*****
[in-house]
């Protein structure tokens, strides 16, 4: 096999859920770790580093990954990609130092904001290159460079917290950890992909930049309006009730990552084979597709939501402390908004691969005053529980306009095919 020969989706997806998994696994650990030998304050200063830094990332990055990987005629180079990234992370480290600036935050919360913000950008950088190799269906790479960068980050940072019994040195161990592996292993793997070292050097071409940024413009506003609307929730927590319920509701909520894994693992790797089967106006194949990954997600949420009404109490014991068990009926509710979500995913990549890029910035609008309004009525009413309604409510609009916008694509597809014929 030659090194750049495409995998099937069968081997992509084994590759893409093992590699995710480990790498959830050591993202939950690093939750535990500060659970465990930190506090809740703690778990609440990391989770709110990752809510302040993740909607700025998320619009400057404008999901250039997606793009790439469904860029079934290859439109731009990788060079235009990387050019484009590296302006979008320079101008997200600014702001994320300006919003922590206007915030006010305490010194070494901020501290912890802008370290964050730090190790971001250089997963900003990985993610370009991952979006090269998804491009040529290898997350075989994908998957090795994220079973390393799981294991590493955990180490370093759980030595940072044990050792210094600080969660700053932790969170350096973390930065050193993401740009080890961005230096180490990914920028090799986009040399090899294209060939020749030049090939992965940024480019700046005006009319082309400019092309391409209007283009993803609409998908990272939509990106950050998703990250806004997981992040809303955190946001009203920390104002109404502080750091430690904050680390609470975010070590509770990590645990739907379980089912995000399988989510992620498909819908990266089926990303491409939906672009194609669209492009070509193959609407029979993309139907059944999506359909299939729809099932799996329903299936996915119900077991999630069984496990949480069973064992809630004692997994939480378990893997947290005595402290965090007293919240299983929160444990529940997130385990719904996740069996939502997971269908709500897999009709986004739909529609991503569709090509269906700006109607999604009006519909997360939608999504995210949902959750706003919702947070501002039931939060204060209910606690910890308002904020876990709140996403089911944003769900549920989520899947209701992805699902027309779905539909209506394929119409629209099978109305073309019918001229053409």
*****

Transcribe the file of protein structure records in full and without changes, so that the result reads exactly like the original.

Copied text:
[in-house]
């Protein structure tokens, strides 16, 4: 096999859920770790580093990954990609130092904001290159460079917290950890992909930049309006009730990552084979597709939501402390908004691969005053529980306009095919 020969989706997806998994696994650990030998304050200063830094990332990055990987005629180079990234992370480290600036935050919360913000950008950088190799269906790479960068980050940072019994040195161990592996292993793997070292050097071409940024413009506003609307929730927590319920509701909520894994693992790797089967106006194949990954997600949420009404109490014991068990009926509710979500995913990549890029910035609008309004009525009413309604409510609009916008694509597809014929 030659090194750049495409995998099937069968081997992509084994590759893409093992590699995710480990790498959830050591993202939950690093939750535990500060659970465990930190506090809740703690778990609440990391989770709110990752809510302040993740909607700025998320619009400057404008999901250039997606793009790439469904860029079934290859439109731009990788060079235009990387050019484009590296302006979008320079101008997200600014702001994320300006919003922590206007915030006010305490010194070494901020501290912890802008370290964050730090190790971001250089997963900003990985993610370009991952979006090269998804491009040529290898997350075989994908998957090795994220079973390393799981294991590493955990180490370093759980030595940072044990050792210094600080969660700053932790969170350096973390930065050193993401740009080890961005230096180490990914920028090799986009040399090899294209060939020749030049090939992965940024480019700046005006009319082309400019092309391409209007283009993803609409998908990272939509990106950050998703990250806004997981992040809303955190946001009203920390104002109404502080750091430690904050680390609470975010070590509770990590645990739907379980089912995000399988989510992620498909819908990266089926990303491409939906672009194609669209492009070509193959609407029979993309139907059944999506359909299939729809099932799996329903299936996915119900077991999630069984496990949480069973064992809630004692997994939480378990893997947290005595402290965090007293919240299983929160444990529940997130385990719904996740069996939502997971269908709500897999009709986004739909529609991503569709090509269906700006109607999604009006519909997360939608999504995210949902959750706003919702947070501002039931939060204060209910606690910890308002904020876990709140996403089911944003769900549920989520899947209701992805699902027309779905539909209506394929119409629209099978109305073309019918001229053409």